Testimonial: Rikki White

Dear Jason,

Every year when the weather began to turn warmer and summer seemed so close, my mind was not thinking about all of the fun times at the beach I would have this summer or the amazing vacations I would take, but instead my mind would be continually thinking about Snee Farm Swim Team and wishing practice could start that very afternoon.  It was never really about all the laps we would swim or the meets we would win: it was about the good times and memories we would gain.  Each summer would be filled with hilarious stories told by you in the corner, life lessons disguised by just plain having fun, and the relationships and friendships we made and made stronger.  You made practice so much fun that hardly anyone would complain about coming twice a day.  We all looked forward to coming.  I’ve realized, since my very last meet as a Snee Farm swimmer, that the cliché is true; you never truly know what you miss until you lose it.  Now I know I will be a team member for life, but the fact that I can no longer help the team by swimming saddens me and makes me feel old.

This feeling has been with me since last summer, my last summer swimming, and it has carried on until a month ago.  I have had a change of mind.  You taught us the skills to help the team without actually swimming.  Through helping the younger kids with their technique, learning the names of the team members and simply saying “hello” to them to make their day, and cheering the team on from the sidelines, the entire population on the pool deck helps the team to win.  I’m not exclusively speaking of winning points-wise: I’m referring to winning in life.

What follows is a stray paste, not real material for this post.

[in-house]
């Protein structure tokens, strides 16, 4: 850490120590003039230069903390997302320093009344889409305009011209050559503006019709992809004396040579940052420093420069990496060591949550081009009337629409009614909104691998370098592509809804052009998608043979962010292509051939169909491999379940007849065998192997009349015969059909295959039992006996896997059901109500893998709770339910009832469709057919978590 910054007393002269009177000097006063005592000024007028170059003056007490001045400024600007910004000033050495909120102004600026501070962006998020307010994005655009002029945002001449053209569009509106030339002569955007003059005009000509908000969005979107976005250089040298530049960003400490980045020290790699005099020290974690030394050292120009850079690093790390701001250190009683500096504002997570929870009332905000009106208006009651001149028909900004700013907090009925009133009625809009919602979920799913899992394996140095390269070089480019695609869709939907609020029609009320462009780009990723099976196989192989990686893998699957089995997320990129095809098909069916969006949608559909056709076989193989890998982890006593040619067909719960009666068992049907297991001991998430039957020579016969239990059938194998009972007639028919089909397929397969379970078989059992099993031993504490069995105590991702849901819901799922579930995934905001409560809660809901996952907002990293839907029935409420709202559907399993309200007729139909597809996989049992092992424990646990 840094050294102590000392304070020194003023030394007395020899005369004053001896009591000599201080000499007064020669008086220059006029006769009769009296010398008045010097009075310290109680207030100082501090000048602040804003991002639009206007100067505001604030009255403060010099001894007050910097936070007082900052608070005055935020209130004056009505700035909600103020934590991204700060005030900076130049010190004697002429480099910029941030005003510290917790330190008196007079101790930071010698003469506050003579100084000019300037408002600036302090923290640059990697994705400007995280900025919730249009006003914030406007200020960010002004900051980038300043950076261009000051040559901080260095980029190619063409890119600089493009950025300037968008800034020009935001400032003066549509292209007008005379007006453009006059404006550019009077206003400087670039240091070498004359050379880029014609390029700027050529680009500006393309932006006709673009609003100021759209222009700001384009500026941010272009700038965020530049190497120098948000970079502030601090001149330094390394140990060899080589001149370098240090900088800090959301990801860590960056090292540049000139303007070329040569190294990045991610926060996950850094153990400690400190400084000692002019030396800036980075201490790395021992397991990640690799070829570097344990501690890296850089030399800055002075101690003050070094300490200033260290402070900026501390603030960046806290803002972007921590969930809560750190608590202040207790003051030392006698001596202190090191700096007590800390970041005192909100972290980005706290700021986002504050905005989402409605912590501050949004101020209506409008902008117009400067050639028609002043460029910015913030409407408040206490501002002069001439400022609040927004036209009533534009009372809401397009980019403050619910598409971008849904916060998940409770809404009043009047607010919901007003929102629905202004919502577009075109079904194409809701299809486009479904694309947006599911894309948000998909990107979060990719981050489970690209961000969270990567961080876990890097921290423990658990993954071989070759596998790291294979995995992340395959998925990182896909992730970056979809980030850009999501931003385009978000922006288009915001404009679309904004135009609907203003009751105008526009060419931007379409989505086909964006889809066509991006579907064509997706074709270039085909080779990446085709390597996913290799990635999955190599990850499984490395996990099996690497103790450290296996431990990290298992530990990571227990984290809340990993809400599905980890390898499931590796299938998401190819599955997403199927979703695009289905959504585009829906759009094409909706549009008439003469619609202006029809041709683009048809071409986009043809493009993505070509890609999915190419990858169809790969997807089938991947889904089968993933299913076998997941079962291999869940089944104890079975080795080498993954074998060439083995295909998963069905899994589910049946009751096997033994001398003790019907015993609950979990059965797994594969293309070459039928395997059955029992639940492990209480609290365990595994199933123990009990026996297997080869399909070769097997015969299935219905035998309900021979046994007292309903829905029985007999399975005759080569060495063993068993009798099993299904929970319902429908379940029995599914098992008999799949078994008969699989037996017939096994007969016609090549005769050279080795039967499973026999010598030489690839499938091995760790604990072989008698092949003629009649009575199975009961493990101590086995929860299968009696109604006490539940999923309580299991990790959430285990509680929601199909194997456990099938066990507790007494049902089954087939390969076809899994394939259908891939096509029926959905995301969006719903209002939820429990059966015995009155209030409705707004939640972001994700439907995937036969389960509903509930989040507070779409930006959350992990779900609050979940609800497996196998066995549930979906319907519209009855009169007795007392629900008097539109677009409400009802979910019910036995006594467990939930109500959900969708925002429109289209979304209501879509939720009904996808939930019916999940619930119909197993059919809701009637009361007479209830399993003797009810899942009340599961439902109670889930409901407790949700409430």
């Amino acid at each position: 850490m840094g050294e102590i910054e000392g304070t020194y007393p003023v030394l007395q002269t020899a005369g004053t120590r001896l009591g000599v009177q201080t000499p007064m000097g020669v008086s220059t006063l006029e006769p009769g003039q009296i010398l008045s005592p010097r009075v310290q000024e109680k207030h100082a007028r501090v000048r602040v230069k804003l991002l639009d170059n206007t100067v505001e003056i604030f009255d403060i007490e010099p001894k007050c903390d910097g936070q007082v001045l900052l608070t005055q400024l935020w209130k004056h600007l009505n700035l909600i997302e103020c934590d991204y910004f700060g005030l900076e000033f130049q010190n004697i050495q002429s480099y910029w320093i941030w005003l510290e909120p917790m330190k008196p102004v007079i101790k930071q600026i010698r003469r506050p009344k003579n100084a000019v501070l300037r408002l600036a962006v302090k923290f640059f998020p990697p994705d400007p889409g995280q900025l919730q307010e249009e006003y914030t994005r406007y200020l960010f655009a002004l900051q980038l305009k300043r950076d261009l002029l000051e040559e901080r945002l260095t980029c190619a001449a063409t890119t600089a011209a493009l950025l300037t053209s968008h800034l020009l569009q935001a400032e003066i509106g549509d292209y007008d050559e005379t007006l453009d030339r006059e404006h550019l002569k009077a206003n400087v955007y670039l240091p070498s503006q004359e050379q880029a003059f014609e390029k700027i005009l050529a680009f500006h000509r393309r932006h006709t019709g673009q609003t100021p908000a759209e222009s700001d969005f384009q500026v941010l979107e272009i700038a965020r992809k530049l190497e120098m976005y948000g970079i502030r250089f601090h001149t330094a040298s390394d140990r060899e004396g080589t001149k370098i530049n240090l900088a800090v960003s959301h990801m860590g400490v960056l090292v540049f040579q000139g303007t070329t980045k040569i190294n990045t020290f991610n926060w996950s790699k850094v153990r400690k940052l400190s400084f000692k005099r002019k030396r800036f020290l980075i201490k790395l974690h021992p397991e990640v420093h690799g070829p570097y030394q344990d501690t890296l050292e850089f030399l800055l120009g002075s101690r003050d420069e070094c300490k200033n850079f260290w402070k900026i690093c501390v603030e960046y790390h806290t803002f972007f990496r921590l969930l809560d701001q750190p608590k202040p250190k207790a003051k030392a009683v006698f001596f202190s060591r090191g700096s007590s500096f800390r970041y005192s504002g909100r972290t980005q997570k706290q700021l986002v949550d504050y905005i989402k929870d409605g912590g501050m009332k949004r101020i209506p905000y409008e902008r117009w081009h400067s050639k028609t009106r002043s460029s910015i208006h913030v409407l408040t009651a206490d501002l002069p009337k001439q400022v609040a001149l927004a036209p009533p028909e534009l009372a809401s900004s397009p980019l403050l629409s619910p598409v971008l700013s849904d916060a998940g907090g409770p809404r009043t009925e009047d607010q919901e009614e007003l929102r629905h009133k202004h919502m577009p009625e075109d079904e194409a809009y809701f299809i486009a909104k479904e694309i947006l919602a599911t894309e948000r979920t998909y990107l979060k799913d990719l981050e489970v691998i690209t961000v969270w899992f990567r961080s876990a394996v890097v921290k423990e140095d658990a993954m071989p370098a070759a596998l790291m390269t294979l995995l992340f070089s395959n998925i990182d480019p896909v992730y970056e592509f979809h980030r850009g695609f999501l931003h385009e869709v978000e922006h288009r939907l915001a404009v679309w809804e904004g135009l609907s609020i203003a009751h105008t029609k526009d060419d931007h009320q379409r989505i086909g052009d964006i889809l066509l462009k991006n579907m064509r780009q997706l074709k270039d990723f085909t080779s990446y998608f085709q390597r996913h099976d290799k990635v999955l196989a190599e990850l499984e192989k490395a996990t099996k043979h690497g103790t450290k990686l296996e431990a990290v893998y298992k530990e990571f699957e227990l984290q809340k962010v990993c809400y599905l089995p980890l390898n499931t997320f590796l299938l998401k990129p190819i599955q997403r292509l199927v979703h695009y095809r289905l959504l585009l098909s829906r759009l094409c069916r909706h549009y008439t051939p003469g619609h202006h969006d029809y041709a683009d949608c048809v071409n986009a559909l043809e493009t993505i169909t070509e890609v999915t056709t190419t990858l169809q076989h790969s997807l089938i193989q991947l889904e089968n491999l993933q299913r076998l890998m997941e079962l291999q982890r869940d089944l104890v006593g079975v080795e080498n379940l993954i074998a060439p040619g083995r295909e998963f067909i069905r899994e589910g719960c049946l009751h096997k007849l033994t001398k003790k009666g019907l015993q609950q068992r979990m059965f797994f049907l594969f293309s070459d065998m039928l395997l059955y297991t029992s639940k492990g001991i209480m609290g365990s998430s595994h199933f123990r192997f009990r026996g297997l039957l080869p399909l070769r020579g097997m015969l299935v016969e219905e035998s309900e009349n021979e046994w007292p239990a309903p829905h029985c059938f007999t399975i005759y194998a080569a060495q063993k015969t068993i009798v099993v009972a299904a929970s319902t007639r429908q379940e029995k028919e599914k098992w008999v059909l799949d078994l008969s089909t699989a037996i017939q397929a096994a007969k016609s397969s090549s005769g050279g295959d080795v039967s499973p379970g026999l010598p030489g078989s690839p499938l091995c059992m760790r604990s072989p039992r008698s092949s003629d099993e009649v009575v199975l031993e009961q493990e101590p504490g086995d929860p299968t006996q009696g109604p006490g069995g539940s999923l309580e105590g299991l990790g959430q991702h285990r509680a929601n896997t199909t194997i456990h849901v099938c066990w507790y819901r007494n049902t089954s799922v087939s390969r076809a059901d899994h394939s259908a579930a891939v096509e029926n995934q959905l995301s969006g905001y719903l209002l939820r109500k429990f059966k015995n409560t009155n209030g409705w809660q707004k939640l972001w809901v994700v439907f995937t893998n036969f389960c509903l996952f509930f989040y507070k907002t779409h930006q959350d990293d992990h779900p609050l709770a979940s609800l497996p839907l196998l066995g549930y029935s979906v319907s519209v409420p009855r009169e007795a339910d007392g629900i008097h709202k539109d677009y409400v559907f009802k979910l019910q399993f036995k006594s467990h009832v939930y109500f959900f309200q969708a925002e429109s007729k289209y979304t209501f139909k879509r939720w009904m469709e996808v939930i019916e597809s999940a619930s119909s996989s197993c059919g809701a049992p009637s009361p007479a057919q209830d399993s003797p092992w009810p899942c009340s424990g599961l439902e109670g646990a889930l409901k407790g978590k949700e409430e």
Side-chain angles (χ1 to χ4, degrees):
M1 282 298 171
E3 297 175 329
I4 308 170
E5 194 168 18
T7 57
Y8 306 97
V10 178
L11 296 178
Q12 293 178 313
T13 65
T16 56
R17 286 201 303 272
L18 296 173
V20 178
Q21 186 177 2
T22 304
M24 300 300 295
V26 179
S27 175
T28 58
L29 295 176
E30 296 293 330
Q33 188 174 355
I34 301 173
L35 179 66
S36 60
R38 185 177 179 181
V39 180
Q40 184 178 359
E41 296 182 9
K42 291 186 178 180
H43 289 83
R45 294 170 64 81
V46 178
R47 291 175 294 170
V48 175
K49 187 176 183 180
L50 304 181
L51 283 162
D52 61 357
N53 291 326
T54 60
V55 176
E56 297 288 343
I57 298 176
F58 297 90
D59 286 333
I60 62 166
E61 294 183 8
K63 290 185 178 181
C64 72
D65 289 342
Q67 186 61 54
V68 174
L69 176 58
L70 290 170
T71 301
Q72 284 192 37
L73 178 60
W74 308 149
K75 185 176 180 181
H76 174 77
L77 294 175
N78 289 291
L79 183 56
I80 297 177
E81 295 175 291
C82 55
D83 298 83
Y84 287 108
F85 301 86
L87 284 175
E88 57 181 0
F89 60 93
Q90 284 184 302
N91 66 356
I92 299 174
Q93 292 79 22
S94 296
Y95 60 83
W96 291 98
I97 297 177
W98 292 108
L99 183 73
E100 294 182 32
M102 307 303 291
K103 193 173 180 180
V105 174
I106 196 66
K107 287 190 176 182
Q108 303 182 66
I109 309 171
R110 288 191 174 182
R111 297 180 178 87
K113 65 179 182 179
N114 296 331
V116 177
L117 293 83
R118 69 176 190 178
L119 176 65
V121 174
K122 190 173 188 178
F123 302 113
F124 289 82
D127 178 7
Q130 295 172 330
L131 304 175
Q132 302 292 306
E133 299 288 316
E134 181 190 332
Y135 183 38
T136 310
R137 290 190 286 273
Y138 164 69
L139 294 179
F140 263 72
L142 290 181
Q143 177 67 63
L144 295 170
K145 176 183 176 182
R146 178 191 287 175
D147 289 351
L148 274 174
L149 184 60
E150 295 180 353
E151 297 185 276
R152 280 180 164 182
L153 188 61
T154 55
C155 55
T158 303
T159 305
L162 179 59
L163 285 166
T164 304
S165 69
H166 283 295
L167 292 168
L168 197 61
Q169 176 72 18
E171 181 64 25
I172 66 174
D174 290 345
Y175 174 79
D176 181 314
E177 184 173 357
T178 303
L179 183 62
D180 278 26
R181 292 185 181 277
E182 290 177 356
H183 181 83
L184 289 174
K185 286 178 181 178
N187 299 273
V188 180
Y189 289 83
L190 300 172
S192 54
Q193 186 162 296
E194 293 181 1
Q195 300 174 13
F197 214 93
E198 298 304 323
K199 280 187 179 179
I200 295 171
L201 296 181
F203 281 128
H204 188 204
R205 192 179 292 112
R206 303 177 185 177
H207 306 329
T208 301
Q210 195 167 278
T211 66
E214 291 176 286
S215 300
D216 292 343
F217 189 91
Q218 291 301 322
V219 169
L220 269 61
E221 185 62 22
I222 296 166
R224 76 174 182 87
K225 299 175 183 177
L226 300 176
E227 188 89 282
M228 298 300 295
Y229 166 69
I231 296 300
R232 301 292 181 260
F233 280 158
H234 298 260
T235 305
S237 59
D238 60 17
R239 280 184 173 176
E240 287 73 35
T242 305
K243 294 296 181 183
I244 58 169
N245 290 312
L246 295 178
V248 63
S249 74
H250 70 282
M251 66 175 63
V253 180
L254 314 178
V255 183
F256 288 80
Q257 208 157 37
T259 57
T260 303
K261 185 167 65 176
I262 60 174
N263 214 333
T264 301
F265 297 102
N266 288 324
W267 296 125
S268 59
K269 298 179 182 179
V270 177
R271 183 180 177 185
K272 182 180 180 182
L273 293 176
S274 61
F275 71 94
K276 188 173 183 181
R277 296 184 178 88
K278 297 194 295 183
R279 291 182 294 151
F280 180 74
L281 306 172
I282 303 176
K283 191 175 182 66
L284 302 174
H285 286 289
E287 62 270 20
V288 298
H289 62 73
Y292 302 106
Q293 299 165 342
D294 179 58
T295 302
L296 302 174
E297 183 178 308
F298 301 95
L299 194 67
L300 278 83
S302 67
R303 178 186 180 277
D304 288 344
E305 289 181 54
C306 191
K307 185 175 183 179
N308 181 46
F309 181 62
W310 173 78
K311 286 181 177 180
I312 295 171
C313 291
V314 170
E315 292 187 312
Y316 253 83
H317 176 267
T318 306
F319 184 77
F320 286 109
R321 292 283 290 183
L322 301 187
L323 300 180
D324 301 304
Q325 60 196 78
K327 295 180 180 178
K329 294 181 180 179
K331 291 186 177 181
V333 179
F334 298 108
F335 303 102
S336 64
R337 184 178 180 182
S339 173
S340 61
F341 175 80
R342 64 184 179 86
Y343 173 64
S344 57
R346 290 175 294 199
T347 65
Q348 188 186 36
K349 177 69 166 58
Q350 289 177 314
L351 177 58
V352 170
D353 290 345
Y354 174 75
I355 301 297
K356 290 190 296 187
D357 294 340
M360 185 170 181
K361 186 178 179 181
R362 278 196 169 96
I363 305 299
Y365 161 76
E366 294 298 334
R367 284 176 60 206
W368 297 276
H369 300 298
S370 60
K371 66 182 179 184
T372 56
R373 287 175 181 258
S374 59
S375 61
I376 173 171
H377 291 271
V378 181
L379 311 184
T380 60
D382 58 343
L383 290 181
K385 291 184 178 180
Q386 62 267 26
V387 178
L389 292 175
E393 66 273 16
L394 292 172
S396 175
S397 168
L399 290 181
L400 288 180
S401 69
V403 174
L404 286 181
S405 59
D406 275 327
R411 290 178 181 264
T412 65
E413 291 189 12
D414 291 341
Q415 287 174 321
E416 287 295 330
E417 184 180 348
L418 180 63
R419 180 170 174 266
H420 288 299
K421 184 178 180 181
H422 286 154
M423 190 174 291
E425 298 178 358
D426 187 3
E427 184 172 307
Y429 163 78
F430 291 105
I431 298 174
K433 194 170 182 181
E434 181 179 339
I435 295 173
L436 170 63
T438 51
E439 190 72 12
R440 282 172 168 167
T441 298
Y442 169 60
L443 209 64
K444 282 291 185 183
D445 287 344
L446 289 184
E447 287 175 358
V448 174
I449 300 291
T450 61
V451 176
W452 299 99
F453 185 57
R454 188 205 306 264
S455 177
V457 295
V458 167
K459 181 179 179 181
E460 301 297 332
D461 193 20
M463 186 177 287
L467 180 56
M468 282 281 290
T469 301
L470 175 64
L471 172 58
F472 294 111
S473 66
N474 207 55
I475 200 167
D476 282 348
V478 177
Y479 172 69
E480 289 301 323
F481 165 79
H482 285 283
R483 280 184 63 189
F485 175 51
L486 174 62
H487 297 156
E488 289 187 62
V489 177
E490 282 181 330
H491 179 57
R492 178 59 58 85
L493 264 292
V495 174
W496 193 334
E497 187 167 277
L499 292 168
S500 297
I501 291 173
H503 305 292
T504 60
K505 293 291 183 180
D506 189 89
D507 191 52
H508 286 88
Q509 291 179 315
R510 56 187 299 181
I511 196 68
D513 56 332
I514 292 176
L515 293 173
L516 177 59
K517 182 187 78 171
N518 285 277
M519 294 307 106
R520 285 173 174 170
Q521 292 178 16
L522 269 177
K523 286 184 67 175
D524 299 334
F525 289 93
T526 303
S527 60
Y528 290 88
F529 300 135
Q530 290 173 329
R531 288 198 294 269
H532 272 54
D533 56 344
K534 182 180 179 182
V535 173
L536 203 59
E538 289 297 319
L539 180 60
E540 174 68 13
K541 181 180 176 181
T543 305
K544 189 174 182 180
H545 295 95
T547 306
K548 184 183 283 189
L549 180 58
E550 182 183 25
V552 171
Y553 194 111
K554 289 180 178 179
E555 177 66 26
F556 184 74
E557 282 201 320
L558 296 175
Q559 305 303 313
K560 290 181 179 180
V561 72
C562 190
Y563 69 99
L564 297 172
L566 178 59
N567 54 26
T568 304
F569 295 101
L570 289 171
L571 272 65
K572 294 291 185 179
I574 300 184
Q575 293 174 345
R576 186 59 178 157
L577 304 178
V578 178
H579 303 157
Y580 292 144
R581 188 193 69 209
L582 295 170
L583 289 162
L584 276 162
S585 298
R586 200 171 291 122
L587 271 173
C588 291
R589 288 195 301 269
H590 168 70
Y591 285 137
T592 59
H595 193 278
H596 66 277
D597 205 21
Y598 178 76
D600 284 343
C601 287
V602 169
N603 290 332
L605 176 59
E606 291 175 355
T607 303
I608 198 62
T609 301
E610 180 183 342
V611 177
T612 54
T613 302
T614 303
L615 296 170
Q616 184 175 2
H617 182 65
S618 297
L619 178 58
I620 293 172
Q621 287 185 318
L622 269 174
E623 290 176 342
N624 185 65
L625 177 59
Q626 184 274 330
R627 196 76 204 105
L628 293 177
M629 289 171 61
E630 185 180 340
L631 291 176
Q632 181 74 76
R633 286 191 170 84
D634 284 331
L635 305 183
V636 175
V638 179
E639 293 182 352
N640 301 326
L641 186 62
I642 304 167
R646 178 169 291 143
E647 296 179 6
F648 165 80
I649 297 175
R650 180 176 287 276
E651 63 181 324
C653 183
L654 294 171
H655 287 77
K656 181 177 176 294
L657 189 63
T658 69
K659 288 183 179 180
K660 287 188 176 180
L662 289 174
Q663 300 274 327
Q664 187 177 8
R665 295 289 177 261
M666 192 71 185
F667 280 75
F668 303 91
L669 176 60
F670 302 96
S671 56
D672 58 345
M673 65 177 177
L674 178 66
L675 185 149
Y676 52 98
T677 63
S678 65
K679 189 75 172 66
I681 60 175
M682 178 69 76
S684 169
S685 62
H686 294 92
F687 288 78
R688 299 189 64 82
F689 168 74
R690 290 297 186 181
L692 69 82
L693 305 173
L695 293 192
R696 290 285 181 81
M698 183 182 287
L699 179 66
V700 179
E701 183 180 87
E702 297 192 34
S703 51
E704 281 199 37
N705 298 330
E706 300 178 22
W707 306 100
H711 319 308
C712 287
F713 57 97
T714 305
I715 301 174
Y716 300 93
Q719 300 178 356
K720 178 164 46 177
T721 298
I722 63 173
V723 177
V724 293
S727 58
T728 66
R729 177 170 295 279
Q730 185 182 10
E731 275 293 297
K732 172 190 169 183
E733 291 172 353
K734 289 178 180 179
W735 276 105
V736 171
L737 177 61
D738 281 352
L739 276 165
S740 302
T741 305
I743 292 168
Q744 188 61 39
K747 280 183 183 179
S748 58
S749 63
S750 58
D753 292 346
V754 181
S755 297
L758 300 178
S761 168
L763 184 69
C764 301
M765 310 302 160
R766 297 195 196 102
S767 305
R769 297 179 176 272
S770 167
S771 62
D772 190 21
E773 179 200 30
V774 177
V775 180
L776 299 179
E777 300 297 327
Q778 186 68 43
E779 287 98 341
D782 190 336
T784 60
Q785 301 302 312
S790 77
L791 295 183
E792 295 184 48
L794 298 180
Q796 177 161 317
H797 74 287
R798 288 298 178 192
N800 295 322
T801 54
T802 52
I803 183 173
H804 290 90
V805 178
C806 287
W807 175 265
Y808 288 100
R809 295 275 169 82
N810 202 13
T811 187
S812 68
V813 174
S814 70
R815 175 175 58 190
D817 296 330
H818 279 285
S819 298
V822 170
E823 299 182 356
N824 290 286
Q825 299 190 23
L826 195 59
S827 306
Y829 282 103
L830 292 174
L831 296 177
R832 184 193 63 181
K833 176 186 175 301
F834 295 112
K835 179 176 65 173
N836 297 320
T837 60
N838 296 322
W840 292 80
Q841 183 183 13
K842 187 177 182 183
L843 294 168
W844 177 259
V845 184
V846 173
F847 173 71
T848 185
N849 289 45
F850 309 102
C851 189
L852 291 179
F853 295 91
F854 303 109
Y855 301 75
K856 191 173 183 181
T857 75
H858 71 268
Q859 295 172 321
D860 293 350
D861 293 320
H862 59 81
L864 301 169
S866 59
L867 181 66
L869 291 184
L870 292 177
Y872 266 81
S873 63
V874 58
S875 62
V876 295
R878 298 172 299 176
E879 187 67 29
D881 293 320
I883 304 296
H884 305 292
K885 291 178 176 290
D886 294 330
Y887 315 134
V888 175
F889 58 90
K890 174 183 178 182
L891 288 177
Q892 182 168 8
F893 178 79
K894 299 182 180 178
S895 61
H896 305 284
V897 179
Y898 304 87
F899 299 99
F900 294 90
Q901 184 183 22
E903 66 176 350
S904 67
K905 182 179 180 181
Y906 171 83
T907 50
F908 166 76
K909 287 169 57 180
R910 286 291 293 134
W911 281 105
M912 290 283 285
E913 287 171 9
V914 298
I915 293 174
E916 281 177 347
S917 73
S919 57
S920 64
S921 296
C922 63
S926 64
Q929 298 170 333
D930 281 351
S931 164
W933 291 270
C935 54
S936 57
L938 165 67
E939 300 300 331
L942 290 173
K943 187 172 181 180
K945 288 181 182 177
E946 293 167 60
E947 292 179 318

You’ve taught us the simplest things (that one would never think would matter) can matter a whole world to a younger kid that is shy and can’t easily make friends.  Especially since I’ve been regarded as an older kid on the team, I have seen the effect I have on those younger than me and could possibly look up to me as a positive role model.  That kind of selflessness raises young kids’ self-esteem and confidence and that is what summer league swimming is all about.

Through your stress on sportsmanship, I have made so many friends through swimming and so many relationships that I would not trade the world for.  I have not only practiced sportsmanship in my 11 years of swimming, but it has carried over into my college experience and essentially the real world.  It has taught me to respect others if I expect the same treatment back.  Treating others kindly yields benefits that are not possible by ignoring others or by being boastful.  Respecting others will also create a good reputation for yourself that will be important in applying for jobs and getting along with coworkers.

Finally, each one of your swimmers has new self respect that values intrinsic rewards over extrinsic ones.  This motivation is most advantageous to have when working with younger kids – like when I am coaching.  Each kid is special and you never know who will improve greatly and turn into the team’s star swimmer in a couple of years.

Be fair.  Be kind.  Be respectful.  Have fun while still working hard.  Think of others’ feelings before you take action.  Live your life with no regrets, but live it courteously.  Making relationships is one of the most important goals in life; without them, life will be meaningless and less gratifying.  You have taught me all of these things, and I thank you from the bottom of my heart for always believing in me, even when I was first mean and boastful as a young child.  Without you, I would still be like that and I would not have the insight on life that I do now.  I thank you for everything you’ve done for me and my family and all of the time spent on shaping my character.  I would never trade our friendship for anything, and I will always be there for you when you need help and I know it will be reciprocated.  Thank you for sharing all of your summers, and thank you for being a truly inspiring role model and coach.

Rikki White

Leave a Comment